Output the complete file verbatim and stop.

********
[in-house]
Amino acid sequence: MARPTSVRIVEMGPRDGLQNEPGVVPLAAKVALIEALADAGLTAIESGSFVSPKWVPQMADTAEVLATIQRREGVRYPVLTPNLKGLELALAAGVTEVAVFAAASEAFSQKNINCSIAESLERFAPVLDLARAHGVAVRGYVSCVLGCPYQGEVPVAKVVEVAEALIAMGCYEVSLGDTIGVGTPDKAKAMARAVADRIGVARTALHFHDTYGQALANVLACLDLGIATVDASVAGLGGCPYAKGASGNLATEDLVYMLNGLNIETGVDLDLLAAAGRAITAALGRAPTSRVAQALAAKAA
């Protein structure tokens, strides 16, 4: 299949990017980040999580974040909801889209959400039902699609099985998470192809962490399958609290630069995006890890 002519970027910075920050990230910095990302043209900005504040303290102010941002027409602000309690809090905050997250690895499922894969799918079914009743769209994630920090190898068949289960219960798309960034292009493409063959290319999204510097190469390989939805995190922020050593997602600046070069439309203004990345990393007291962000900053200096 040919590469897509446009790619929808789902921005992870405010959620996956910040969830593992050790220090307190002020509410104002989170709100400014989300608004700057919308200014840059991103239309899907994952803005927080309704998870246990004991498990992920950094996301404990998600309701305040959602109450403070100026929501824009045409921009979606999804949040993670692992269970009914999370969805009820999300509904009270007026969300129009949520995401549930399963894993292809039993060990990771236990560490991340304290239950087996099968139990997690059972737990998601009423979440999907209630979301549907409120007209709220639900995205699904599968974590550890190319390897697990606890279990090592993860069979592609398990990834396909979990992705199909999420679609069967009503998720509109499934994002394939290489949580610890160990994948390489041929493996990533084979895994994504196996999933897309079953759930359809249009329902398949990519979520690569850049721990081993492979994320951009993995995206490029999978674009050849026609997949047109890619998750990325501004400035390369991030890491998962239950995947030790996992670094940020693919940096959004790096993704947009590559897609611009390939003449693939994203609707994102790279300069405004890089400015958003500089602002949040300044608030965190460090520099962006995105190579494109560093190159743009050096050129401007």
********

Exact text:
[in-house]
Amino acid sequence: MARPTSVRIVEMGPRDGLQNEPGVVPLAAKVALIEALADAGLTAIESGSFVSPKWVPQMADTAEVLATIQRREGVRYPVLTPNLKGLELALAAGVTEVAVFAAASEAFSQKNINCSIAESLERFAPVLDLARAHGVAVRGYVSCVLGCPYQGEVPVAKVVEVAEALIAMGCYEVSLGDTIGVGTPDKAKAMARAVADRIGVARTALHFHDTYGQALANVLACLDLGIATVDASVAGLGGCPYAKGASGNLATEDLVYMLNGLNIETGVDLDLLAAAGRAITAALGRAPTSRVAQALAAKAA
């Protein structure tokens, strides 16, 4: 299949990017980040999580974040909801889209959400039902699609099985998470192809962490399958609290630069995006890890 002519970027910075920050990230910095990302043209900005504040303290102010941002027409602000309690809090905050997250690895499922894969799918079914009743769209994630920090190898068949289960219960798309960034292009493409063959290319999204510097190469390989939805995190922020050593997602600046070069439309203004990345990393007291962000900053200096 040919590469897509446009790619929808789902921005992870405010959620996956910040969830593992050790220090307190002020509410104002989170709100400014989300608004700057919308200014840059991103239309899907994952803005927080309704998870246990004991498990992920950094996301404990998600309701305040959602109450403070100026929501824009045409921009979606999804949040993670692992269970009914999370969805009820999300509904009270007026969300129009949520995401549930399963894993292809039993060990990771236990560490991340304290239950087996099968139990997690059972737990998601009423979440999907209630979301549907409120007209709220639900995205699904599968974590550890190319390897697990606890279990090592993860069979592609398990990834396909979990992705199909999420679609069967009503998720509109499934994002394939290489949580610890160990994948390489041929493996990533084979895994994504196996999933897309079953759930359809249009329902398949990519979520690569850049721990081993492979994320951009993995995206490029999978674009050849026609997949047109890619998750990325501004400035390369991030890491998962239950995947030790996992670094940020693919940096959004790096993704947009590559897609611009390939003449693939994203609707994102790279300069405004890089400015958003500089602002949040300044608030965190460090520099962006995105190579494109560093190159743009050096050129401007």